I recently came across a short excerpt of Tim Farron’s article on extending the Pupil Premium to HE students.
The Pupil a Premium, a Liberal Democrat flagship policy, currently gives schools new, additional money to provide additional support for pupils from disadvantaged backgrounds (pupils receiving Free School Meals).
In England the Pupil Premium in 2013/14 is worth £953 per eligible child in primary schools and £900 per eligible child in secondary schools. In 2014/15 the value of the Pupil Premium will increase to £1,300 per pupil for primary school children and £935 per pupil for secondary school children.
In Wales in 2013/14 the Pupil Premium, or Pupil Deprivation Grant, will give pupils in receipt of FSM an additional £918, an increase from £450. (All in opposition in Cardiff Bay, by the way!).
Research shows that one of the key measures that can be taken to address poor attainment and the fact that pupils eligible for free school meals in England are 50% more likely to obtain five good GCSEs than their counterparts in Wales, is addressing inequalities in education.
I’ll come back to addressing inequality as a means to improving the standard of living in another blog soon!
Finance is only one part of addressing those inequalities through providing additional support for pupils through smaller classes, additional support, additional time or new resources.
However, it is just one step. We have to go further. We have to do more than tweak the edges of the current settlement.
The same exists in HE however in terms of access in addition to attainment. The cost of education, day to day living, resources, travel is perhaps more of a barrier to accessing HE than fees, an argument that many have pursued since 2010 when the coalition government raised fees from £3,564 to £9,000 per year.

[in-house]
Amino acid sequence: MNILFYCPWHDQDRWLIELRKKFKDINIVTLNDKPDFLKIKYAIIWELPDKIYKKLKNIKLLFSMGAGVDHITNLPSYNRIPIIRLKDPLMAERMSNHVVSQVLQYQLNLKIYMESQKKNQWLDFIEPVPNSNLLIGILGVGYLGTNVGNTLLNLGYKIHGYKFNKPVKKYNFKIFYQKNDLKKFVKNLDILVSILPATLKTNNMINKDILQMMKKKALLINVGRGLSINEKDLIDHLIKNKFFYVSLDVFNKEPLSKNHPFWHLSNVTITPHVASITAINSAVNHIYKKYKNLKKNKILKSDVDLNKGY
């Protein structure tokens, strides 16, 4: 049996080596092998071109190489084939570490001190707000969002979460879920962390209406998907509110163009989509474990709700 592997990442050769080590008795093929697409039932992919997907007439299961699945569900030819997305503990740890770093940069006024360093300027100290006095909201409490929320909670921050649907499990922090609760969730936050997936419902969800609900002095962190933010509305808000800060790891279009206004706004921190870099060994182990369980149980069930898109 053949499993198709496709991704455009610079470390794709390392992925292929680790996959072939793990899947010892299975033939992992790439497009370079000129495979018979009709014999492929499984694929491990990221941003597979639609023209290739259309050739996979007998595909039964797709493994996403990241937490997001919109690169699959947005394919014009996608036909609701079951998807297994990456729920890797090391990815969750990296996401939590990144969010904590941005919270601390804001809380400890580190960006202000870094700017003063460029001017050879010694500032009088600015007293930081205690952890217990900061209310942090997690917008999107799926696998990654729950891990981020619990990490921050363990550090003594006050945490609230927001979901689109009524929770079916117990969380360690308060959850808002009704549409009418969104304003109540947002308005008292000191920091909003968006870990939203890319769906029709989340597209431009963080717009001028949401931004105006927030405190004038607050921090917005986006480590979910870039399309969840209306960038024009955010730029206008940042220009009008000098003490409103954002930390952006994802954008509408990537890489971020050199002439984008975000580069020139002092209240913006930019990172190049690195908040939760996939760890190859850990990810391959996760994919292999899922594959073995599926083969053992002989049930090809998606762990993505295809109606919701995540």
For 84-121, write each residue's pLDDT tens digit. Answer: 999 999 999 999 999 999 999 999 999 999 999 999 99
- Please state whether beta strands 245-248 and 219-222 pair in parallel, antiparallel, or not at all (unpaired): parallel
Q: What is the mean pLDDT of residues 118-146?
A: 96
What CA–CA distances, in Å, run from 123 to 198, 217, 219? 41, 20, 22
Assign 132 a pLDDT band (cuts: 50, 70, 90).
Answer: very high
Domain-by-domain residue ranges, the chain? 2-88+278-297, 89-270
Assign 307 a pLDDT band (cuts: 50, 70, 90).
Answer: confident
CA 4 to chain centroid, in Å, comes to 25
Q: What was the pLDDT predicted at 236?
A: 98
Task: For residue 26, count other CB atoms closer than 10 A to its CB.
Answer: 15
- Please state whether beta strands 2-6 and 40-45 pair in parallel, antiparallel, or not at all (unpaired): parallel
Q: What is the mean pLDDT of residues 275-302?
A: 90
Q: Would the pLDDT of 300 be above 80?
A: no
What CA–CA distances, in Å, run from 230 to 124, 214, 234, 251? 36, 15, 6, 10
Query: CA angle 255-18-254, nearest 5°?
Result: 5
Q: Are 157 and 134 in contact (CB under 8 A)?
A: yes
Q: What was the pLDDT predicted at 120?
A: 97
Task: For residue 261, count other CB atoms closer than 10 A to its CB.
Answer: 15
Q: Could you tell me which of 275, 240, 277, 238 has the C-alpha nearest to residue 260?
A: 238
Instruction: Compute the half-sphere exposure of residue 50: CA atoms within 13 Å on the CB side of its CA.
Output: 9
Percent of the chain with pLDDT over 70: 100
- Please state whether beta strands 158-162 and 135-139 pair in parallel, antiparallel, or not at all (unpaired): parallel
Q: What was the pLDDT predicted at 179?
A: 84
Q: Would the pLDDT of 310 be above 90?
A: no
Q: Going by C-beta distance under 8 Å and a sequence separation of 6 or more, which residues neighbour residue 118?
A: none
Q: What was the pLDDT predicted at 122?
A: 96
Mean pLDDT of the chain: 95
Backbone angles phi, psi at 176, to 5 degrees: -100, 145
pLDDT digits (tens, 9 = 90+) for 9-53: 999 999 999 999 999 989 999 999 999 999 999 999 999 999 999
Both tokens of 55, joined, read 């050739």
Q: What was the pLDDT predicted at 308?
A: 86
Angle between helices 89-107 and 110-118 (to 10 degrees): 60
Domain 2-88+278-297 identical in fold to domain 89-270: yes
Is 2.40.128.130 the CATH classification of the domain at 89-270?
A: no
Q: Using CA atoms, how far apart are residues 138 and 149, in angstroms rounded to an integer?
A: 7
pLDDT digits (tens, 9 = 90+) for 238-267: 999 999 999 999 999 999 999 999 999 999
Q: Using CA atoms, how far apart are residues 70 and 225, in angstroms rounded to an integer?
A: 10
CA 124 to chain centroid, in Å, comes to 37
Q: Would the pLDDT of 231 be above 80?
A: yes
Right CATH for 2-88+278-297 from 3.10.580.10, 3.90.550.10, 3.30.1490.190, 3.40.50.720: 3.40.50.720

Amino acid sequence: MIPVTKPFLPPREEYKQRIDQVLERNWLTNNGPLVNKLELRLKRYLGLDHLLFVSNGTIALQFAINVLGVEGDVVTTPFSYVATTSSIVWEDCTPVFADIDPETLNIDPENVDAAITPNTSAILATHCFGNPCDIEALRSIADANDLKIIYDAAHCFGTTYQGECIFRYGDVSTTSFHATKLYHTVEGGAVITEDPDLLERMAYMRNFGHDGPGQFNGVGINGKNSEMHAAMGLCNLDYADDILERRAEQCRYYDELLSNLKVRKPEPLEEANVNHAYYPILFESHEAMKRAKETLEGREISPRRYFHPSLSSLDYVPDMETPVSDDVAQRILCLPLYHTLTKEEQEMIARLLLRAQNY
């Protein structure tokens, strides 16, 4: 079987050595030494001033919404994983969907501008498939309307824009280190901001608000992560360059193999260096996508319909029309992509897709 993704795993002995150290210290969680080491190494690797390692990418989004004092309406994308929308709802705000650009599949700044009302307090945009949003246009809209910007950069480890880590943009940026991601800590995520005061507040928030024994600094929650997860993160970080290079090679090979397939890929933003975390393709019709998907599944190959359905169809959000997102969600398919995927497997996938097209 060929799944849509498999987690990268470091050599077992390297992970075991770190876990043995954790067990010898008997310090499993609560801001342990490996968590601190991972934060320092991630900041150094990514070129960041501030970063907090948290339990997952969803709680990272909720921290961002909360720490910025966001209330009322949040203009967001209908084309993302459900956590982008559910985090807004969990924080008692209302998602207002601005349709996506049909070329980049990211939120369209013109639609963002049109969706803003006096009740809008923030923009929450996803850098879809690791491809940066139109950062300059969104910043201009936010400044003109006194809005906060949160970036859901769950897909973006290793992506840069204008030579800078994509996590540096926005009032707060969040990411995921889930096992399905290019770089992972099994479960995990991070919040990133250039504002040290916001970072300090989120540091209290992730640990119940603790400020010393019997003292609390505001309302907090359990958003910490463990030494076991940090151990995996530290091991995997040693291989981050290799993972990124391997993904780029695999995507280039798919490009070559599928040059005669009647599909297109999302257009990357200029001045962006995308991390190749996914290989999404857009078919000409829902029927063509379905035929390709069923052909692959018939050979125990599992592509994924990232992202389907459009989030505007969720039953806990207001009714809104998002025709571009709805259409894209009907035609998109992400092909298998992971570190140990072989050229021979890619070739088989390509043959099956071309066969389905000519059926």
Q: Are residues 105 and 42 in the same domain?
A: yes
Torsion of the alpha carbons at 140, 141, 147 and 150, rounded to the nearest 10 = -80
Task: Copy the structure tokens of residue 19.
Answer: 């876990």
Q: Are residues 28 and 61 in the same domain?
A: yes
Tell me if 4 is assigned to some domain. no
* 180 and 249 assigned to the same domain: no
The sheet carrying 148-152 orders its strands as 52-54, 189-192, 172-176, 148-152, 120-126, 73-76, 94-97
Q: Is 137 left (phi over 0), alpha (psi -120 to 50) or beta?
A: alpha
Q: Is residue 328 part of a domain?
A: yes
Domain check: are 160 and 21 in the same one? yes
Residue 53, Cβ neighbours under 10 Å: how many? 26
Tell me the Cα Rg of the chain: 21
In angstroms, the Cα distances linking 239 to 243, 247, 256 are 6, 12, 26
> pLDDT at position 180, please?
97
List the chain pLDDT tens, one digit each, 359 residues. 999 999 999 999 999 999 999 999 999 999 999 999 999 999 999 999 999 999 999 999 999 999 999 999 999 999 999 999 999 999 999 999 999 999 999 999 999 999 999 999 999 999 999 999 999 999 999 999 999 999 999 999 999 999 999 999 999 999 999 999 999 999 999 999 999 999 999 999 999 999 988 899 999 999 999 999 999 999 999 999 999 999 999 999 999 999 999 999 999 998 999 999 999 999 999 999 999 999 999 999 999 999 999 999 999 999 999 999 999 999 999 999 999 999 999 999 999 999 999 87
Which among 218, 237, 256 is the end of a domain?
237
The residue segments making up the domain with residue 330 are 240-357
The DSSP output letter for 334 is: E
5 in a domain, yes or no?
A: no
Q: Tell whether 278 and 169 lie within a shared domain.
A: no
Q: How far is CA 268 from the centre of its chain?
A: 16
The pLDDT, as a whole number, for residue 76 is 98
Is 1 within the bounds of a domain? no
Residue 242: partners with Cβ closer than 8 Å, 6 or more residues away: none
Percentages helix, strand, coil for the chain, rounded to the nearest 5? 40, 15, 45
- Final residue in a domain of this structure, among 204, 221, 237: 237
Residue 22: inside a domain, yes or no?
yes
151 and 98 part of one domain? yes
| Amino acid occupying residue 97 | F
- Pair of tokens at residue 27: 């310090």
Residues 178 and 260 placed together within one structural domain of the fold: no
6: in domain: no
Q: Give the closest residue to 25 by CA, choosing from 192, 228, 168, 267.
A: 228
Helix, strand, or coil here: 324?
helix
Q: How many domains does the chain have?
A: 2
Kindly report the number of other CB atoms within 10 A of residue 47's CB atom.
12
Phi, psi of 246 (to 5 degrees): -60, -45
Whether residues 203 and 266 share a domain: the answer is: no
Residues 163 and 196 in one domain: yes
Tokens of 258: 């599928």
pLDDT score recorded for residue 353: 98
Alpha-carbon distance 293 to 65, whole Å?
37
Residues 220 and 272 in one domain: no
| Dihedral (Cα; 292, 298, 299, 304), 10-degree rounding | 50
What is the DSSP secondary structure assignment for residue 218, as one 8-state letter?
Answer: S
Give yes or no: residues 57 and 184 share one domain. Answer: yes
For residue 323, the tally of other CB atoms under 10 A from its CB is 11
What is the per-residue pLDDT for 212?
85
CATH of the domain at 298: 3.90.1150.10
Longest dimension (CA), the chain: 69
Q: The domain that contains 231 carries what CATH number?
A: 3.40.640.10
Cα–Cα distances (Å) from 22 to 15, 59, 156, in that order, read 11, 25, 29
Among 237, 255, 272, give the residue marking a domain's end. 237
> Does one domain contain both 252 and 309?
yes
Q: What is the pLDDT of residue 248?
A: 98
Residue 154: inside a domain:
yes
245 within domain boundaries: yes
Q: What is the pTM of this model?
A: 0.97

Extending additional financial support to students from disadvantaged backgrounds would be a welcome step in addressing barriers to accessing HE and widening access to HE. However the cost of living is an issue for the majority of students. 2/3 of students surveyed in Bangor (around 2000 students) told us that their student loan didn’t cover or barely covered the cost of their accommodation alone. That’s without food, travel, clothes, resources and general day to day living.
Listening to students, day to day living costs are more of a concern than tuition fees.
More needs to be done to address the underfunding of students, which impacts on access, retention, and success in education, and that’s without considering the impact of financial pressure on students’ health and mental health, which many institutions are becoming less equipped to deal with following funding changes in 2012.
But whilst this article and the majority of people talk HE we miss out on talking FE.
The financial pressures that FE students are just as great if not greater in some cases. FE students have far less financial support, are far more diverse in some cases than FE students, and FE institutions are facing more and more difficult situations.
Some local authorities are cutting travel arrangements for FE colleges, which will impact on students even further, adding more to the already high costs of studying.
In Wales we passed a policy with a new vision for FE in Wales, from structuring to the delivery and flexibility of education for institutions and learners. As a party we have long called for parity between HE, FE, and apprenticeships and other forms of education, and rightfully so. But we need to walk the walk as well as talk the talk, and we need a wholesale review of student funding, access, widening participation, retention, and FE in it’s entirety.
The Pupil Premium is something to be proud of, breaking down the links between someone’s background and attainment, however we have to do more, we have to go further, and we have to persuade the wider public of education as a public good and a right.